College Stops Mowing Lawn to Promote Pollination, Discovers Rare Flower
A botanical survey at the end of May revealed more than 30 different plant species
By: Safia Samee Ali
A rare Irish orchid was discovered on a Dublin college lawn after the school stopped cutting its grass as part of a “no mow” initiative to promote pollination and wildflower blooming.
A botany professor at Trinity College Dublin found the rare flower, called the broad-leaved helleborine, under a birch tree in one of the school’s sprawling lawns after it stopped mowing.
The find was significant, as the plant is never very common in any one place and is mostly found in woodlands, the college said in a statement.
“This is super exciting; it is a rare native Irish orchid,” Jenny McElwain, who found the flower, told The Irish Times. “If you looked, you would find it in most counties in Ireland, but you’d probably only find one, and it would pop up so infrequently. It might pop up once, and you wouldn’t see it again for 10 years, and three of them have popped up in the lawn.”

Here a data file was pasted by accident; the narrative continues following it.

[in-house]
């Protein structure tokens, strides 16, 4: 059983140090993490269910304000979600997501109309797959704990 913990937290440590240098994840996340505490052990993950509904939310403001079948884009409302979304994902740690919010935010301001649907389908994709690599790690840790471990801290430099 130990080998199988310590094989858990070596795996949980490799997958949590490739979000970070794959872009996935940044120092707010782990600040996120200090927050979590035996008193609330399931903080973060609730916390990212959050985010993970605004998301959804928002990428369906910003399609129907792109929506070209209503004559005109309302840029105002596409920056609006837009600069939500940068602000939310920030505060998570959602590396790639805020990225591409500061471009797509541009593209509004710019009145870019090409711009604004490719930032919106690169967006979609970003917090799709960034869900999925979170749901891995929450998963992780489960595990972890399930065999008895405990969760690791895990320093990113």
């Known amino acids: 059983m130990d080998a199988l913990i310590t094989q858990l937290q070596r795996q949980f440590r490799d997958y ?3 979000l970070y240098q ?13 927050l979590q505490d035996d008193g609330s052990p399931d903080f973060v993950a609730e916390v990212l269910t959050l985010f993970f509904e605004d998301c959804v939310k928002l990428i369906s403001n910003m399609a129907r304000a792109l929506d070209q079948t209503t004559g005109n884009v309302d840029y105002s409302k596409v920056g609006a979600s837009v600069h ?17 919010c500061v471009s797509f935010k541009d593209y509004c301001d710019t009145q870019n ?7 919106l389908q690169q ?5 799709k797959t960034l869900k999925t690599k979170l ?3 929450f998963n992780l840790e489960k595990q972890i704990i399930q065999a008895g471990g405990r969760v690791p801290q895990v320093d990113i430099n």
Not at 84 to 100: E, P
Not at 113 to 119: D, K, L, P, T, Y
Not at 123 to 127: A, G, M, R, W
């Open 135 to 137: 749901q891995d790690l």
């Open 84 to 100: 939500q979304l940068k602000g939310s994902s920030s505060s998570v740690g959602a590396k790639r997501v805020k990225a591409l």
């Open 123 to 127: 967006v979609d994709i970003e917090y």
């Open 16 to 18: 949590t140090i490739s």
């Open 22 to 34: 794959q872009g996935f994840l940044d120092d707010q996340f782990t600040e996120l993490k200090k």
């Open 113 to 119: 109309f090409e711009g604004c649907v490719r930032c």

The environmental factors required to grow are rare to find, as the seeds of this orchid need the right fungal partner to germinate and grow for the first few weeks of its life.
“This one needs a perfect set of circumstances. If it finds the exact right fungal partner, it forms fungi around its roots,” McElwain said.
This “complex” environment would never have been discovered if the university hadn’t stopped mowing. After discovering the flower, the school extended the no mow period through June, during which time a second orchid species popped up, the college said.
A botanical survey of the lawns at the end of May revealed more than 30 different plant species flowering on the lawns, the college said.
McElwain said it’s not clear how the orchid seeds found their way to the school’s lawn, but guessed they may have been transported by birds, humans, or the wind.
“Or possibly, these orchids have simply been lying in wait, dormant in the soil for decades, waiting to be given a chance to grow.”
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